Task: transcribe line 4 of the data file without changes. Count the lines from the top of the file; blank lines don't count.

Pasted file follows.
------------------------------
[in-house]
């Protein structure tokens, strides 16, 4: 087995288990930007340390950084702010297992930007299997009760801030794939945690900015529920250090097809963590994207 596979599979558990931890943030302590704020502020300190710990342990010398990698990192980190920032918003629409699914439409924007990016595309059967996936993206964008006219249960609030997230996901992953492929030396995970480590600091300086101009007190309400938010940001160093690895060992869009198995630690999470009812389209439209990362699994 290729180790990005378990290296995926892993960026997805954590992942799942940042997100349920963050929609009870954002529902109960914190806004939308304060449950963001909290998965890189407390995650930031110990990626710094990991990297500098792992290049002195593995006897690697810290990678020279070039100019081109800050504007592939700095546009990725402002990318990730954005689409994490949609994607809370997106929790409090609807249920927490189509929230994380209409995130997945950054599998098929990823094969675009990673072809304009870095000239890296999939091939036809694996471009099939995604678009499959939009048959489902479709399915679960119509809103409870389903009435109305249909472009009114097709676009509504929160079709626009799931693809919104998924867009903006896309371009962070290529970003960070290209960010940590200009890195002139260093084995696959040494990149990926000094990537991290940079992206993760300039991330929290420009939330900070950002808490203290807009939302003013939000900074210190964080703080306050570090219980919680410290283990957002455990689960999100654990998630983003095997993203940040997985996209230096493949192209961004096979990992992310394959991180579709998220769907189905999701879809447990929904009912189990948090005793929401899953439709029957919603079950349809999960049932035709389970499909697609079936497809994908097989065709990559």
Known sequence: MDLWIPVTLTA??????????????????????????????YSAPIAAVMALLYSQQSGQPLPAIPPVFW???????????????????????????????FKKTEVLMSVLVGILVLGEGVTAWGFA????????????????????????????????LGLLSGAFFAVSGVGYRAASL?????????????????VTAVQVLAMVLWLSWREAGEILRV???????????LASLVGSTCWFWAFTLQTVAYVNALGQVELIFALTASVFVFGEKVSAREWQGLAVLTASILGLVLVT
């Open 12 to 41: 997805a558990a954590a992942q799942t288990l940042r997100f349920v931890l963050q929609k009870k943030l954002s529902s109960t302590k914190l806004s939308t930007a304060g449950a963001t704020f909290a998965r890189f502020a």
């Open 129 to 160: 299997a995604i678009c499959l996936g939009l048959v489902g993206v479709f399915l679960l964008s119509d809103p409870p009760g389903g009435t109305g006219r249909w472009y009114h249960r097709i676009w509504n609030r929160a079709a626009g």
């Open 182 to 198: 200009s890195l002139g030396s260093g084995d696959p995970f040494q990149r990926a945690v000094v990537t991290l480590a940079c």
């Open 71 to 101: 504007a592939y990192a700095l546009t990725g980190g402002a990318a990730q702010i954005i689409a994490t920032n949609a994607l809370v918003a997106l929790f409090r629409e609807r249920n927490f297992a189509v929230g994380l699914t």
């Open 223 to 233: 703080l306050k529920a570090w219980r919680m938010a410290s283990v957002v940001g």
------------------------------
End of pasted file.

């Open 12 to 41: 997805a558990a954590a992942q799942t288990l940042r997100f349920v931890l963050q929609k009870k943030l954002s529902s109960t302590k914190l806004s939308t930007a304060g449950a963001t704020f909290a998965r890189f502020a």